Overseas property owners were reminded recently why suitable buildings and contents insurance is so important and not just an unecessary expense.

Article written by The Overseas Guides Company

There have been devastating forest fires on Spain’s Costa del Sol at the end of August. Earlier the same month, parts of Tenerife also went up in flames while the end of July saw large parts of northern Catalonia on fire. Less than a year ago parts of north-west Italy and south-east France, also both popular with British homeowners, suffered terrible flooding.

That your second home could be hit by natural distasters only reinforces the need to have it suitably insured. With that in mind, here are 10 top tips for getting the right cover from the Overseas Guides Company:

  1. Choose a UK insurance company, rather than a foreign one – the helpline and your policy will be in English, you can make payments in Sterling and by direct debit, and typically your liability limits will be higher.
  2. Be sure to choose a specialist policy intended for holiday homes. A standard household and contents policy won’t cover you for those periods when the property is vacant or rented out.
  3. Check you are insured for an adequate value. The sum your property is insured for is based on how much it would cost to rebuild and should be index-linked.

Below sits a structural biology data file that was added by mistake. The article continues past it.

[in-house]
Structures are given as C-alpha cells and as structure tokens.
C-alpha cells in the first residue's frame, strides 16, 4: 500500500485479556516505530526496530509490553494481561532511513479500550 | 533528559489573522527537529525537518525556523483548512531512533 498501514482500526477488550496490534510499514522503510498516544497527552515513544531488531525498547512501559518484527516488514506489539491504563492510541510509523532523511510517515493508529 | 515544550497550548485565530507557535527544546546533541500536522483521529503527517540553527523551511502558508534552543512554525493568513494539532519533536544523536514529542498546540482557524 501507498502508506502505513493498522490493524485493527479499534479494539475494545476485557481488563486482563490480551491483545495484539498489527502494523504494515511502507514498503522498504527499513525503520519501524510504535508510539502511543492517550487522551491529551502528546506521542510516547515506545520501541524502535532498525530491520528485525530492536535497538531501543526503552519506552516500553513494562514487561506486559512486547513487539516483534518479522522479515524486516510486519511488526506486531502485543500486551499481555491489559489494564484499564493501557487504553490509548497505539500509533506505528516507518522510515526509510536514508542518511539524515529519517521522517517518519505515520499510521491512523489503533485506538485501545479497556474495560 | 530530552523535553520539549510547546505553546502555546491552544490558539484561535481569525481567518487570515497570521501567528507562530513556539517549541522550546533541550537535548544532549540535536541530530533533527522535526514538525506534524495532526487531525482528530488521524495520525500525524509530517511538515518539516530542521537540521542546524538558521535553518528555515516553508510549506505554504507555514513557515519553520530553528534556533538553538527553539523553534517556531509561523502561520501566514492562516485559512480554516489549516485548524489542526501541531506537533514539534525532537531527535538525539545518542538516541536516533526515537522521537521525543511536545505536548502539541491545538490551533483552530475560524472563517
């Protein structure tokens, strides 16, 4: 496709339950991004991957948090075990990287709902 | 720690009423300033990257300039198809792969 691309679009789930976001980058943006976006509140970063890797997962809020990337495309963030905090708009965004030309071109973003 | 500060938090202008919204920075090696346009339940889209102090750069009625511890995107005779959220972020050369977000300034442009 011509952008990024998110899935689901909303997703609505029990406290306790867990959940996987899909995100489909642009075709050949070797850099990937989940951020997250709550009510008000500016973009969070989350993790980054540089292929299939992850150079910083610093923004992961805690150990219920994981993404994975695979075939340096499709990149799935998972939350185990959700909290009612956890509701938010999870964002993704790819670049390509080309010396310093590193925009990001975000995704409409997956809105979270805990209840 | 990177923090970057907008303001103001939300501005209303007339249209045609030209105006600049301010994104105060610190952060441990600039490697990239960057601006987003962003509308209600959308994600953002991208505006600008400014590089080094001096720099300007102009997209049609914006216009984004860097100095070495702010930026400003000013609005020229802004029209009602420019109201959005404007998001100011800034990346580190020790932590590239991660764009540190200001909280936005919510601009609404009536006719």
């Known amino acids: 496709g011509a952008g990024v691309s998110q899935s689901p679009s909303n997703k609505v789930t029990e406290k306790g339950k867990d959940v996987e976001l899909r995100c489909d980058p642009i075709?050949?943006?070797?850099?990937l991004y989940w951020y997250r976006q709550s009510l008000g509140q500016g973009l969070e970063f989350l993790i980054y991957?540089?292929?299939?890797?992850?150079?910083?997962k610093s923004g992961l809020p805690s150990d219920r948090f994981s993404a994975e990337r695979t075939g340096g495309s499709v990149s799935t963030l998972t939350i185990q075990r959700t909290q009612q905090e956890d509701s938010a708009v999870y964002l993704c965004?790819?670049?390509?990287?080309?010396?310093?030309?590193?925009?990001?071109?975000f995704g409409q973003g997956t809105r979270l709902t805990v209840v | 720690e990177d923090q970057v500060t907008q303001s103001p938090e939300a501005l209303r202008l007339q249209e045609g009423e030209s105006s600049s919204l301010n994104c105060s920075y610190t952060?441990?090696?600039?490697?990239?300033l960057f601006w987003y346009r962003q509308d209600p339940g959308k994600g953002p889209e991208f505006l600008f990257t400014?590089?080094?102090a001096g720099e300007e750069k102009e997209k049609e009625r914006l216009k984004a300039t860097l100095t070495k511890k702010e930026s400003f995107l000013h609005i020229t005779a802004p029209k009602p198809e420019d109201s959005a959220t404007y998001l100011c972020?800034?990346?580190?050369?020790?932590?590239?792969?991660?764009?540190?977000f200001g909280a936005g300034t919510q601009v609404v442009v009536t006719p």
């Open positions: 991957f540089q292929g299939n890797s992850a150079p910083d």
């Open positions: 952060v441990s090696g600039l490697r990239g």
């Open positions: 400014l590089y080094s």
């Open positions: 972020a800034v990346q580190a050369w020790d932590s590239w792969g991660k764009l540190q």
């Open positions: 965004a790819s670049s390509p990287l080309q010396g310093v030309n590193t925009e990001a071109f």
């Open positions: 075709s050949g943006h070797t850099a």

4. Don’t forget to include contents – on a “new for old” basis – in your policy. Buildings insurance will cover permanent fixtures and fittings against damage but other items, such as appliances and furniture, will need insuring under a contents policy.
  5. If you rent out your property make sure you are covered for public liability insurance, loss of rental income following a claim, emergency travel and accommodation, and accidental damage cover for holiday tenants, as well as friends and family.
  6. Foreign insurers often do not provide the same level of public liability cover as those in the UK – in Spain, for example, cover is typically up to £200K. Remember you could be sued back in the UK for an injury that occurred in your property abroad.
  7. Typical features that will increase your premium include a private pool/ hot tub, non-habitable outbuildings, or a conservatory. So a studio apartment will cost less to insure than a four-bedroom villa with a summer house and pool.
  8. Insurance premiums do vary, if only a little, by country and in some countries you may need insurance against certain natural disasters, such as earthquakes, or other scenarios such as electrical power surges.
  9. Foreign taxes are applicable to many policies. Check that the correct taxes will be paid by your insurer – UK insurers should do this for you automatically.
  10. Consider how you would cope if you had to ask a plumber or electrician to visit your overseas home in an emergency. Some insurers, such as Intasure, offer access to a 24-hour helpline with English-speaking staff who will provide a translation service or speak to tradesmen on your behalf.
  11. For more information and a no-obligation insurance quote, visit our Insurance Zone

    For details of overseas properties for sale around the world, visit the listings on Rightmove Overseas. One way to save money when buying abroad or emigrating is to use a currency exchange specialist when transferring your pounds into a foreign currency. For more information on this, visit the Currency Zone or contact Smart Currency Exchange.

    The views and comments herein are those of the author and do not necessarily reflect the views or opinions of Rightmove Overseas, Rightmove Group Ltd or Rightmove Plc